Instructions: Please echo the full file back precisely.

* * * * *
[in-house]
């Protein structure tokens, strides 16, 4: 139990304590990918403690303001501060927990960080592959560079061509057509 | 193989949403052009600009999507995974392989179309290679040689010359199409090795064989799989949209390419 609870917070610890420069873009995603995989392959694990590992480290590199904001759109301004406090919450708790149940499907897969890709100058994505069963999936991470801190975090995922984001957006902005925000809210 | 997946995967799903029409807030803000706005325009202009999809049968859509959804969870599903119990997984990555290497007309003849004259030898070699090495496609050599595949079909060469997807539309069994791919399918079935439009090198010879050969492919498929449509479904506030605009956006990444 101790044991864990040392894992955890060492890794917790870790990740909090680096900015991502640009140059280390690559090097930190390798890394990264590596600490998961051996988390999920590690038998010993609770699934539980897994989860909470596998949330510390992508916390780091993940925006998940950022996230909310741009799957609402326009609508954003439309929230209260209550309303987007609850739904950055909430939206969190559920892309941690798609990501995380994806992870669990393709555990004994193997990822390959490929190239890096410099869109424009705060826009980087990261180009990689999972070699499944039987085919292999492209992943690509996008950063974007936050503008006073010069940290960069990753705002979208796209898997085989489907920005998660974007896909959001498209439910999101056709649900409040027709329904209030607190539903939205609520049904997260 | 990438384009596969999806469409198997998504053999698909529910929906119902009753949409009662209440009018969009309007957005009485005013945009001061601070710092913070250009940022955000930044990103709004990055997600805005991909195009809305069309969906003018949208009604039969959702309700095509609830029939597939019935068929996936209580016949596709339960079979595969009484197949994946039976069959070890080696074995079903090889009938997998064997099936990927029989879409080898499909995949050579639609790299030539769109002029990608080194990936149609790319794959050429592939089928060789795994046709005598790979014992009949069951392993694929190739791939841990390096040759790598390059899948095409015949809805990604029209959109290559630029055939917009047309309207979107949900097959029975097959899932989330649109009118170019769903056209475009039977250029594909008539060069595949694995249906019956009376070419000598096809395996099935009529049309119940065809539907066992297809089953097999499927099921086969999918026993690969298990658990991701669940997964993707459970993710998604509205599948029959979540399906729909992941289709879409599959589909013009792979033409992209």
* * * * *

[in-house]
């Protein structure tokens, strides 16, 4: 139990304590990918403690303001501060927990960080592959560079061509057509 | 193989949403052009600009999507995974392989179309290679040689010359199409090795064989799989949209390419 609870917070610890420069873009995603995989392959694990590992480290590199904001759109301004406090919450708790149940499907897969890709100058994505069963999936991470801190975090995922984001957006902005925000809210 | 997946995967799903029409807030803000706005325009202009999809049968859509959804969870599903119990997984990555290497007309003849004259030898070699090495496609050599595949079909060469997807539309069994791919399918079935439009090198010879050969492919498929449509479904506030605009956006990444 101790044991864990040392894992955890060492890794917790870790990740909090680096900015991502640009140059280390690559090097930190390798890394990264590596600490998961051996988390999920590690038998010993609770699934539980897994989860909470596998949330510390992508916390780091993940925006998940950022996230909310741009799957609402326009609508954003439309929230209260209550309303987007609850739904950055909430939206969190559920892309941690798609990501995380994806992870669990393709555990004994193997990822390959490929190239890096410099869109424009705060826009980087990261180009990689999972070699499944039987085919292999492209992943690509996008950063974007936050503008006073010069940290960069990753705002979208796209898997085989489907920005998660974007896909959001498209439910999101056709649900409040027709329904209030607190539903939205609520049904997260 | 990438384009596969999806469409198997998504053999698909529910929906119902009753949409009662209440009018969009309007957005009485005013945009001061601070710092913070250009940022955000930044990103709004990055997600805005991909195009809305069309969906003018949208009604039969959702309700095509609830029939597939019935068929996936209580016949596709339960079979595969009484197949994946039976069959070890080696074995079903090889009938997998064997099936990927029989879409080898499909995949050579639609790299030539769109002029990608080194990936149609790319794959050429592939089928060789795994046709005598790979014992009949069951392993694929190739791939841990390096040759790598390059899948095409015949809805990604029209959109290559630029055939917009047309309207979107949900097959029975097959899932989330649109009118170019769903056209475009039977250029594909008539060069595949694995249906019956009376070419000598096809395996099935009529049309119940065809539907066992297809089953097999499927099921086969999918026993690969298990658990991701669940997964993707459970993710998604509205599948029959979540399906729909992941289709879409599959589909013009792979033409992209």